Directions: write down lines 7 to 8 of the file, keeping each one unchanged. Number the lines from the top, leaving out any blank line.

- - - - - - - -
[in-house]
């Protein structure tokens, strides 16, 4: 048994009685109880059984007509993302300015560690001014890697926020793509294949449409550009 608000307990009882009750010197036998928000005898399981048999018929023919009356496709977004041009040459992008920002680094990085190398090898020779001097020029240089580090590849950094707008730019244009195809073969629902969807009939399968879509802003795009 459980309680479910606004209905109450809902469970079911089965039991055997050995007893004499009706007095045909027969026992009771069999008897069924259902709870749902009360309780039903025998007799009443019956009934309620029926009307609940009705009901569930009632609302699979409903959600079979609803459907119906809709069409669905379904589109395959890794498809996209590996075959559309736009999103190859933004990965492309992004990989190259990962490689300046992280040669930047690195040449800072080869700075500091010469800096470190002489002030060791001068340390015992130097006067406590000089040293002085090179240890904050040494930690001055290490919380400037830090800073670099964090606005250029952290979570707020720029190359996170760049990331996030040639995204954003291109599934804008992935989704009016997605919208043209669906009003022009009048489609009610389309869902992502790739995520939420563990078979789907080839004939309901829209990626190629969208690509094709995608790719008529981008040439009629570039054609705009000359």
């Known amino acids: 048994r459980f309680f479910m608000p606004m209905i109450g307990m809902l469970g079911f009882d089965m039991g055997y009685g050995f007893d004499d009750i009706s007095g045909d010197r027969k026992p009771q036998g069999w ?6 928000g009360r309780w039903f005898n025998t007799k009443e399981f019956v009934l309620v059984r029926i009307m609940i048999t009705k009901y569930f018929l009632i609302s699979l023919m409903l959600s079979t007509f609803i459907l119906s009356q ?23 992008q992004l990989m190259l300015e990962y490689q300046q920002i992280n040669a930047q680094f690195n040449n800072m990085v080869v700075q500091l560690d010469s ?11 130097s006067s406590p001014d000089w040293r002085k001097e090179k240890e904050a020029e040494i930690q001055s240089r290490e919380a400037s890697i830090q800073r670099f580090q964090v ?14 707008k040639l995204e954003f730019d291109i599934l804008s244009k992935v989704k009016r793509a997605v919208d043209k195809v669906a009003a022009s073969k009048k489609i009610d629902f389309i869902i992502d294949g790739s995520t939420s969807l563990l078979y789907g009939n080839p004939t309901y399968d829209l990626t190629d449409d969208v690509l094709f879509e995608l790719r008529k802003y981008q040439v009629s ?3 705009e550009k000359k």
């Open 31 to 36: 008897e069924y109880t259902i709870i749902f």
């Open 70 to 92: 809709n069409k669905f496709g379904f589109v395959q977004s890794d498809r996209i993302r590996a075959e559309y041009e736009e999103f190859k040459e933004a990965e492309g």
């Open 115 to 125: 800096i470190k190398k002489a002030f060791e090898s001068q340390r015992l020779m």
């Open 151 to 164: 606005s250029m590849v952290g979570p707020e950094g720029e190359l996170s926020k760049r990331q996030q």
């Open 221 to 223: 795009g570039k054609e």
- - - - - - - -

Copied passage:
């Open 151 to 164: 606005s250029m590849v952290g979570p707020e950094g720029e190359l996170s926020k760049r990331q996030q």
């Open 221 to 223: 795009g570039k054609e």